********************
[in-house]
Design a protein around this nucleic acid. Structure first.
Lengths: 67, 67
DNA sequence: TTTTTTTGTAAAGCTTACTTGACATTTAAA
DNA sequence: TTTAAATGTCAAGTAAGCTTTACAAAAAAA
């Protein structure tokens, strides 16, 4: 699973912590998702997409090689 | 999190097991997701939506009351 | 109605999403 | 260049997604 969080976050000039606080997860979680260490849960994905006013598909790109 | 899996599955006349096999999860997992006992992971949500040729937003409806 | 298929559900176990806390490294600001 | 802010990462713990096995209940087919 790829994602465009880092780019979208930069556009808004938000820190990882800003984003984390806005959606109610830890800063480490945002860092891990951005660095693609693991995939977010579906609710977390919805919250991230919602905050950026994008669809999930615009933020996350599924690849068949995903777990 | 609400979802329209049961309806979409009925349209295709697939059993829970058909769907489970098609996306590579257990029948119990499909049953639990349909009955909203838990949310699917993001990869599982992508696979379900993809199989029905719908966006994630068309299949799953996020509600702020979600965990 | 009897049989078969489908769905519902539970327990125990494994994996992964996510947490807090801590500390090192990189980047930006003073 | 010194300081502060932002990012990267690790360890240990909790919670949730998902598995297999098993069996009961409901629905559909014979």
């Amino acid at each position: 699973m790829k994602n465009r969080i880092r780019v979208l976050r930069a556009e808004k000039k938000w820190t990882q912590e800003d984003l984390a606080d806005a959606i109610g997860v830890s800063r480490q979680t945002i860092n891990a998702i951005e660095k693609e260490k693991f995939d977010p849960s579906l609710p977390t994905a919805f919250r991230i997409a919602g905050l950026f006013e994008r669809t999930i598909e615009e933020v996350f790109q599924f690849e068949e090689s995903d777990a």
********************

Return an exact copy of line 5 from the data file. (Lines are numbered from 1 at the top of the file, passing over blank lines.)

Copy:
DNA sequence: TTTAAATGTCAAGTAAGCTTTACAAAAAAA